How about you Tom?

T: I kinda split my time between a place I have with my partner and the family home. But we both live in Brighton yeah.

Any other jobs, any other odd jobs?

T: I’ve done a fair amount of session work, I played with a guy called Patrick Wolf. I played with him for a couple of years which was great. Again just experience I always find that fascinating seeing the ins and outs of how different people put music together. He’s very showbiz. He’s pretty out there with some of the stuff he wears. I love that though, that’s his focus, he’s putting on a show…

Did he make you wear stuff?

T: He made me wear like a boiler suit, at some stage he made me wear a belt with a glittery PW on it.

A: This is onstage? T: This wasn’t on a day off no. He’s totally charming though and I just get on really well with him so it was a good laugh.

Now it’s Noel Gallagher that you’re supporting. Have you met him?

A: Oh yeah. We played with Oasis a few years back and actually Tom was sounded out about possibly playing with Noel in his band and it sort of fell through. Tom was the second choice and then the first choice became available again so he didn’t do it.

Bit cheeky he just went “come on then, give us a support, let’s go” and he did, good on him. Most of these kind of things, it’s some manager or some agent.

T: I texted him “‘ere mate, I’ve heard you’ve announced these shows, give us a support” and he was like “consider it done”.

A: So many people in the chain that could go “my band’s doing that actually”. We don’t have anyone fighting our corner in that way, agents pushing for stuff and things like that, putting pressure on people. We don’t have the profile…

T: If you don’t ask, you don’t get.

A: It’s an honour to do it though, it’s a total honour, he’s a big influence on what we do, definitely, Oasis back in the day were like one of those bands you know for me. Big, big influence growing up.

Do you party with him as well?

A: I haven’t done much partying but we’ve been driving to be honest because they’re on a bus, they’re driving overnight, sleeping man. We’re driving.

T: Last night man, Copenhagen to Cologne in one day.

You once said “I think technology should have just stopped about ten years ago” (interview)

T: If I truly believed that I couldn’t have my laptop… there’s too many things. I disagree with the Thomas White of 2002, whenever that quote’s from (probably 2007) There’s a lot of stuff. My phone died recently and I got a new phone. I just don’t understand that something has to be constantly improved or updated. I just wanted the same phone and they were like “sorry, you can’t get that one anymore”

I also notice that you do quite a bit of charity stuff every now and then. You did this thing for the hospice last year I think and also you did a charity gig for Billy MacKenzie (Associates) You organise these things yourself?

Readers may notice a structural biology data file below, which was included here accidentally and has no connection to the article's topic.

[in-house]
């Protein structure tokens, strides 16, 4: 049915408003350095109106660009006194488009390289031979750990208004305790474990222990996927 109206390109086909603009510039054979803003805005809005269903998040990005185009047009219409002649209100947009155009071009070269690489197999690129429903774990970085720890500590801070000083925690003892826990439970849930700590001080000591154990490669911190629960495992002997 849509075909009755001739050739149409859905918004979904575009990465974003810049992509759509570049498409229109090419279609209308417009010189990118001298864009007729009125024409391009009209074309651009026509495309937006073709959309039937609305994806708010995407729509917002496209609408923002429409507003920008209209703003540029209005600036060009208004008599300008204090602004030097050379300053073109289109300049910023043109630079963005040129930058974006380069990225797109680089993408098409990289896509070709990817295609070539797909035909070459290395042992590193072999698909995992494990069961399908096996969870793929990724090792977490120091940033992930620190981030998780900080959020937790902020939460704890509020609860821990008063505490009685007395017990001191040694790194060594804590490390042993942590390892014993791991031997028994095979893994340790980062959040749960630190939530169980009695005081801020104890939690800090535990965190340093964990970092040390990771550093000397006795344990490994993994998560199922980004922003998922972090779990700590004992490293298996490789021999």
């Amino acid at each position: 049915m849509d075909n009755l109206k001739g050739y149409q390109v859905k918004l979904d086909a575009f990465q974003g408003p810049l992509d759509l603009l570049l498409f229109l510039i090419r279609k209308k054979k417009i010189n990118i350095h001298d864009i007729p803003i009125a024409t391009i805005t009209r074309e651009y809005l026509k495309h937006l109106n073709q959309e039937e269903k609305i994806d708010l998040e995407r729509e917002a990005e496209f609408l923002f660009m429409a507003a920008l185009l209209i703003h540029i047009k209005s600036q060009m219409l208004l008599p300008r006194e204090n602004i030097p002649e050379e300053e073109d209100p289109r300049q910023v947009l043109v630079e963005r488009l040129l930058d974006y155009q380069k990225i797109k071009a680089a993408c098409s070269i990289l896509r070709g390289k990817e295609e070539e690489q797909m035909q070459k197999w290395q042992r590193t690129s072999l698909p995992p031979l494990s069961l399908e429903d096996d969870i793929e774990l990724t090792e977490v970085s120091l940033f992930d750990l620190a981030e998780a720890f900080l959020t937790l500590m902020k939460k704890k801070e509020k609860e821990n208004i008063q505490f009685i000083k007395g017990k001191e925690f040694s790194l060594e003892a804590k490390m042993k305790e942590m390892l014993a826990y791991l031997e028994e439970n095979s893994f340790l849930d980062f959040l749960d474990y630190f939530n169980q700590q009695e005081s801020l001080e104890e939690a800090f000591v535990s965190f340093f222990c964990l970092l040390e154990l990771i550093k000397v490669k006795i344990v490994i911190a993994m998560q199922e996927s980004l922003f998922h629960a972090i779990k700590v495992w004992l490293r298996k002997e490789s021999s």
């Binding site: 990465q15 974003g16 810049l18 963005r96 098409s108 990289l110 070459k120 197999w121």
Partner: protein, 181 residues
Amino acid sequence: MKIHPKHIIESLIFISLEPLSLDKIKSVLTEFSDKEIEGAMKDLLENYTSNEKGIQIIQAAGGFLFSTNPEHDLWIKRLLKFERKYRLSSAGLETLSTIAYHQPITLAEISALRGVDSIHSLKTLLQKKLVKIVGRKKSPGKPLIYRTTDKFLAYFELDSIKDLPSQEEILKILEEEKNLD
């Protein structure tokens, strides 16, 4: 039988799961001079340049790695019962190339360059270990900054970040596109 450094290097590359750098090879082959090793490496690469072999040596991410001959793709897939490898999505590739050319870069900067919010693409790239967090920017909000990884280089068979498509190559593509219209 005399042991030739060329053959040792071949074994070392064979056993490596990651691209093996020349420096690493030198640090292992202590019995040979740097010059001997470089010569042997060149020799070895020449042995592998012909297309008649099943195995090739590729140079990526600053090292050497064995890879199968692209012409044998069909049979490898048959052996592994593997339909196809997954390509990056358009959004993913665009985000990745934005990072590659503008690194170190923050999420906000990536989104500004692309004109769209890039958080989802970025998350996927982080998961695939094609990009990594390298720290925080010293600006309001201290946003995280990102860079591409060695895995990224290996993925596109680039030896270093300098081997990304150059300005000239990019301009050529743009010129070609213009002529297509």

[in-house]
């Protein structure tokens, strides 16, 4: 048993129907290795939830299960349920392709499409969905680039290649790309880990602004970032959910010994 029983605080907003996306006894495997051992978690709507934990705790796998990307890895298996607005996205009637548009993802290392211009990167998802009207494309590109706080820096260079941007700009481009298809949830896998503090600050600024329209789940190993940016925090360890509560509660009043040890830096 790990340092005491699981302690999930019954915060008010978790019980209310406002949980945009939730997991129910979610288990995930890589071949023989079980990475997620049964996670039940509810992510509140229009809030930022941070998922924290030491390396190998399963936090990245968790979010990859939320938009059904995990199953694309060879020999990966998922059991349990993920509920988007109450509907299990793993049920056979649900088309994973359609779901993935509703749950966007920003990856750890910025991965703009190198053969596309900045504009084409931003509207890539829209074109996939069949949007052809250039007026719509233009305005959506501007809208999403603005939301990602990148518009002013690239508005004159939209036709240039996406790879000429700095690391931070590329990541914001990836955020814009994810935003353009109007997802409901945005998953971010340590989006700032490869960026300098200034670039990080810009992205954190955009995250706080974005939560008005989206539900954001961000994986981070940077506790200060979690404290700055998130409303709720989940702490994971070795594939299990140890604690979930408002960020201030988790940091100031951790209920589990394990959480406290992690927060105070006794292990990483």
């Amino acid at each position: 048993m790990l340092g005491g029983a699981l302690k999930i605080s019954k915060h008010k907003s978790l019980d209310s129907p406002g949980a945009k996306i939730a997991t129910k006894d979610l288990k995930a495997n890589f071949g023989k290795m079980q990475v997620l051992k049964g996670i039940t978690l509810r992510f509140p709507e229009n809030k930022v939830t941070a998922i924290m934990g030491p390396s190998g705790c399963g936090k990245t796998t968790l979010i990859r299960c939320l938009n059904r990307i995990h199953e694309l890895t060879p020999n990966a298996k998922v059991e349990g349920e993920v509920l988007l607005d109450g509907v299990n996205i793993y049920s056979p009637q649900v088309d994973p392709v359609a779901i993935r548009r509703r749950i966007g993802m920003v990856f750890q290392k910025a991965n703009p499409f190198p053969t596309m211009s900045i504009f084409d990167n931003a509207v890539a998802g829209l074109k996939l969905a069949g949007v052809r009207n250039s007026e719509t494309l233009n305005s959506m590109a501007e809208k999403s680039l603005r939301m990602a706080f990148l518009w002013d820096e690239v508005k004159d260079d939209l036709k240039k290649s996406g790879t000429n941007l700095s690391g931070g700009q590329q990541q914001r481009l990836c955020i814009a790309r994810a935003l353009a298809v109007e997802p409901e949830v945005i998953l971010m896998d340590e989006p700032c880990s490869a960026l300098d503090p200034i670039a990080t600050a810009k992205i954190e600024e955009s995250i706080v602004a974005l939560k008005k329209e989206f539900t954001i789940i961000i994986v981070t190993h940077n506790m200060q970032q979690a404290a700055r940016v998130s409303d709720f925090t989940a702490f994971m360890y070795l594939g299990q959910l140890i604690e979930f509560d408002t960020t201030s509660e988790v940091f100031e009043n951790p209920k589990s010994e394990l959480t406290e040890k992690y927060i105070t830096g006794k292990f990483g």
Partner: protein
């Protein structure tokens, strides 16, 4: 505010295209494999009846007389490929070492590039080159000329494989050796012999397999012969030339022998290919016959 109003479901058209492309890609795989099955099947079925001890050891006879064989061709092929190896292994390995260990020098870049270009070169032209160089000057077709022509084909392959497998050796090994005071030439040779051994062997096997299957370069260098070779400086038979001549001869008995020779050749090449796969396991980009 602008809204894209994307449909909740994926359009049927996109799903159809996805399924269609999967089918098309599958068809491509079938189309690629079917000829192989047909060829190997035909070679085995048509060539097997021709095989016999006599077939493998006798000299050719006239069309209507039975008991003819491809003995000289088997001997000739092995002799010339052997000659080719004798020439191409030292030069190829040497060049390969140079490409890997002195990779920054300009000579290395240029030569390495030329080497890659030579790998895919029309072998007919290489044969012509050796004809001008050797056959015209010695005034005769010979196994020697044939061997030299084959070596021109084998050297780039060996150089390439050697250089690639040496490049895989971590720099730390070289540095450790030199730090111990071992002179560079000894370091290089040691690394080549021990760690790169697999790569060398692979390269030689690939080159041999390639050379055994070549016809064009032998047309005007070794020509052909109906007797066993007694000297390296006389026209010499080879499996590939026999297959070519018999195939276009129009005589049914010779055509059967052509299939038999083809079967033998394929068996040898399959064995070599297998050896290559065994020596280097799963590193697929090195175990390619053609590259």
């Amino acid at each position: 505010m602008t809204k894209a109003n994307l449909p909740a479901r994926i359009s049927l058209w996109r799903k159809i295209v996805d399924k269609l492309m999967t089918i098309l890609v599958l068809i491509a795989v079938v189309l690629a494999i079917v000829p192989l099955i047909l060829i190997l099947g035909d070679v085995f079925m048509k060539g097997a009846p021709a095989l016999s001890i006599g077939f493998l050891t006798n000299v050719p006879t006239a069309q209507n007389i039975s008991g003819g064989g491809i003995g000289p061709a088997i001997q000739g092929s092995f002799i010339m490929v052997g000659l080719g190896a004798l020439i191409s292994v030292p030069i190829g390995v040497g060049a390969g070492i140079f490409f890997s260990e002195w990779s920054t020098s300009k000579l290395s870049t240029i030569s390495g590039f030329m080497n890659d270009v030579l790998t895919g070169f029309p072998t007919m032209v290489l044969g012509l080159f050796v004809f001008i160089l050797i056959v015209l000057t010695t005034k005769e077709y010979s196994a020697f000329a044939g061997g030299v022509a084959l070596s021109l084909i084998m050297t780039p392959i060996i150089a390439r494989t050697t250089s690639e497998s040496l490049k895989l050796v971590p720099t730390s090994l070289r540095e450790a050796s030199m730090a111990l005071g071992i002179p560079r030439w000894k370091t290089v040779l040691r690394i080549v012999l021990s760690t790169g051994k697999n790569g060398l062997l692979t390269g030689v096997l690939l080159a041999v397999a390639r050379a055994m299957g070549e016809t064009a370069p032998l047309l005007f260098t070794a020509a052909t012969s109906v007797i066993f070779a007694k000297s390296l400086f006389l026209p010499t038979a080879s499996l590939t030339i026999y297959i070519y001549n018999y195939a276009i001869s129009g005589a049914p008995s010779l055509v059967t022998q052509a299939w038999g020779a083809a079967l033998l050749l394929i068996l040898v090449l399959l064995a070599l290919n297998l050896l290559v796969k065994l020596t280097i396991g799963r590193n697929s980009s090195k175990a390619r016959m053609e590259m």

A: The Soundseekers Billy MacKenzie Tribute, a friend of ours, a guy called Gary, he runs the charity Soundseekers and he just asked us to get involved, I won’t take any credit for that. The Martlets thing that we did last year, that kind of kick-started the band again, our Mum died a couple of years ago – she was in that hospice so we wanted to raise some money for a really small independent thing, doesn’t really have much funding. They do amazing work so we wanted to give something back, that was the idea.

Hardly philanthropists do you know what I mean. The most gratifying thing personally I remember doing… we played with The Who at the Albert Hall many years ago, 2002 or something. It was for the Teenage Cancer Trust. Most of the bands walk in and meet some of the patients, some of the kids, teenagers that have cancer and they’re all terminal cases. It’s just mental, being 15 and going through all that stuff you go through when you’re 15 and you’re gonna die in 6 months. It’s crazy.

I guess most bands shake hands and whatever but we managed to hang out for 2 or 3 hours with these guys, played some music, it was just so amazing. They were amazing people, incredible. So full of fun and life. An amazing experience – humbling actually.

What’s going to happen next with The Electric Soft Parade. I think you announced to do some EP’s, what’s gonna happen.

T: Yeah… The main thing is getting in the studio with Chris Hughes and Mark Frith.

Adam & The Ants, I remember Chris Hughes. I’ve been such a fan of Adam & The Ants.

T: So we’re going to try and get in the studio with them, we’ve got 30 new songs written for a new album; demoed, they’re all ready to be started working on.

February the 4th next year is the 10 year anniversary of our first album so we’re gonna play it in Brighton. We’re going to do another of these extravagant hometown shows. So we’re going to play Holes In The Wall in sequence in a really nice place infact not dissimilar to this (looks around) Actually it’s nothing like it…

There’s a really nice place in Brighton called The Old Market so we’re going to do that and we’ve got a fantastic band on with us, called TOY who are gonna be supporting. They’re a relatively new band from London but they just supported us on a couple of UK shows. Absolutely great band (Buy Tickets)

That and a new record and… A: Back to Germany. T: If a promoter from Munster is watching this, we wanna play Gleis 22.

Thankyou guys. A: Appreciate it. T: Brilliant.